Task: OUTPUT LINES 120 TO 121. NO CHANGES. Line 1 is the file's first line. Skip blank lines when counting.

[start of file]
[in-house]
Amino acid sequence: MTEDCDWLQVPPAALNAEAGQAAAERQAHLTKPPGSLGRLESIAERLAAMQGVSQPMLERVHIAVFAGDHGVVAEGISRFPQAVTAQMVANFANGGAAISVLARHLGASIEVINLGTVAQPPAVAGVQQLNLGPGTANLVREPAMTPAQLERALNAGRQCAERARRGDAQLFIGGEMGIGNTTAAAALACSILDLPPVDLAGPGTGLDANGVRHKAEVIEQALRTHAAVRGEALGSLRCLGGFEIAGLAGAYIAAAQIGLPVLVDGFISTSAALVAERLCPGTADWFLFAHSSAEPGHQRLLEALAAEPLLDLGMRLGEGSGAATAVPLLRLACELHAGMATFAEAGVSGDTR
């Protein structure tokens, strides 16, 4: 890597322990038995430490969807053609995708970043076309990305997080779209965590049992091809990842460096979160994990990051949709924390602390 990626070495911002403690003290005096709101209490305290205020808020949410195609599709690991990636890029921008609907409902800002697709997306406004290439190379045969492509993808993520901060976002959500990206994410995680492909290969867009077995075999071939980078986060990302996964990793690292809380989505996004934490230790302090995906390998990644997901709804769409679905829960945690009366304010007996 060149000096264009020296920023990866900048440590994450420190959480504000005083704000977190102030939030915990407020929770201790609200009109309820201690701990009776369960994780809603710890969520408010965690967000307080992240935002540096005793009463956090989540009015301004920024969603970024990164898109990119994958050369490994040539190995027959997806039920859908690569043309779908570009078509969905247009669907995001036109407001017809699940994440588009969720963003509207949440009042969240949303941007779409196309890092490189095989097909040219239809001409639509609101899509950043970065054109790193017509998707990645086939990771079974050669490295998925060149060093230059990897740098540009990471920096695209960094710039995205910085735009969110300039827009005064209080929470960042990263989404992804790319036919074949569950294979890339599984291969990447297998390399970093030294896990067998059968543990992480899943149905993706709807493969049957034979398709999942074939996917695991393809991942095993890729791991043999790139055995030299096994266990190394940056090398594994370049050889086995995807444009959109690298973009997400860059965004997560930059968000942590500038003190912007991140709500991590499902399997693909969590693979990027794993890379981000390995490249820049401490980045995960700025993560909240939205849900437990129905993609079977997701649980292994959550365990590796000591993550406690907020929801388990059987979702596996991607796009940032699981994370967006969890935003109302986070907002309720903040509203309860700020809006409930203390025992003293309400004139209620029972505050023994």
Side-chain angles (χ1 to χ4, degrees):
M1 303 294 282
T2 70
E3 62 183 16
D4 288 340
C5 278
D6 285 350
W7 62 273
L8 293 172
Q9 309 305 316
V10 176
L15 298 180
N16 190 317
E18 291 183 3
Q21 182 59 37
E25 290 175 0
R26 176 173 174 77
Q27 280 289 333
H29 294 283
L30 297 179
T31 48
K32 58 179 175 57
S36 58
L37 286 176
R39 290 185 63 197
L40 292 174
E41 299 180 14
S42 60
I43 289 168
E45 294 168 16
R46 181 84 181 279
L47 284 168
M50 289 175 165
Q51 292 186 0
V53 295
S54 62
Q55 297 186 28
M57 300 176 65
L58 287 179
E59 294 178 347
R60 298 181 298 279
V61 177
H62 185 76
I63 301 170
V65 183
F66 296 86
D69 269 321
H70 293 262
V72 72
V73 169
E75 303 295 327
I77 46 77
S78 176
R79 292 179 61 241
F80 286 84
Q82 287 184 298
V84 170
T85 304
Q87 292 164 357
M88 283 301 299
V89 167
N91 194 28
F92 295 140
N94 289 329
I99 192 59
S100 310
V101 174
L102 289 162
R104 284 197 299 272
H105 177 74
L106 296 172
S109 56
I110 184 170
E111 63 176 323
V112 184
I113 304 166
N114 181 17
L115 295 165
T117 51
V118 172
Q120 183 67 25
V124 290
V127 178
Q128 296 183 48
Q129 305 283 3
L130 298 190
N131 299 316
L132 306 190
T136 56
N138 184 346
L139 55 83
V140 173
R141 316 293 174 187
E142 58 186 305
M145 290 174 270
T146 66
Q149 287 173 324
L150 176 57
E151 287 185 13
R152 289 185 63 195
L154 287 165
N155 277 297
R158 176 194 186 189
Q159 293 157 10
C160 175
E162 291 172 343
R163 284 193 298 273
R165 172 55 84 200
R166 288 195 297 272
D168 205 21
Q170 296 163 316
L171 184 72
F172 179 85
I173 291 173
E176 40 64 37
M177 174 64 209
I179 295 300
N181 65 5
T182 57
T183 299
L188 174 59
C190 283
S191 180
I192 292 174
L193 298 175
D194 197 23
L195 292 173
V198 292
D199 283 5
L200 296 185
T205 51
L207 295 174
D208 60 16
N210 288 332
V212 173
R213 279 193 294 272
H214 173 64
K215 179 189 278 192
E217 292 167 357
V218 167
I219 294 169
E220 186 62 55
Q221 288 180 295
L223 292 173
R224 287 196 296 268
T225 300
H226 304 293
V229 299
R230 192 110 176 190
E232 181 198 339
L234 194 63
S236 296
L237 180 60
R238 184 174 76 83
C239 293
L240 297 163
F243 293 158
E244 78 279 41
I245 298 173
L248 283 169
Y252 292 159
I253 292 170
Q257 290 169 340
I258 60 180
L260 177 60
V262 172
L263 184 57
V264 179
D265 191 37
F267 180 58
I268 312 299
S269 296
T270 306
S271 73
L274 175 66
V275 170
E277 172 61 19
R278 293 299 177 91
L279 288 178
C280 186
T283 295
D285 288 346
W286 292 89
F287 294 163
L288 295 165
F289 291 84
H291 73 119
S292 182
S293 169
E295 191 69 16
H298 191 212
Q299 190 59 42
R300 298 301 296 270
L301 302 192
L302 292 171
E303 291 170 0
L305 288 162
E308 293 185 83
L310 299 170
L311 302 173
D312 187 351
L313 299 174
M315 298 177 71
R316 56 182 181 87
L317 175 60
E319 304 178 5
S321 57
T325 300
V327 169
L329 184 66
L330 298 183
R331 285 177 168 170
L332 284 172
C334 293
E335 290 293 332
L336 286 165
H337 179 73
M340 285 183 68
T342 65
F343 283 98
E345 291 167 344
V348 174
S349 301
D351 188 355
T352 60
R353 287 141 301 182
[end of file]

I179 295 300
N181 65 5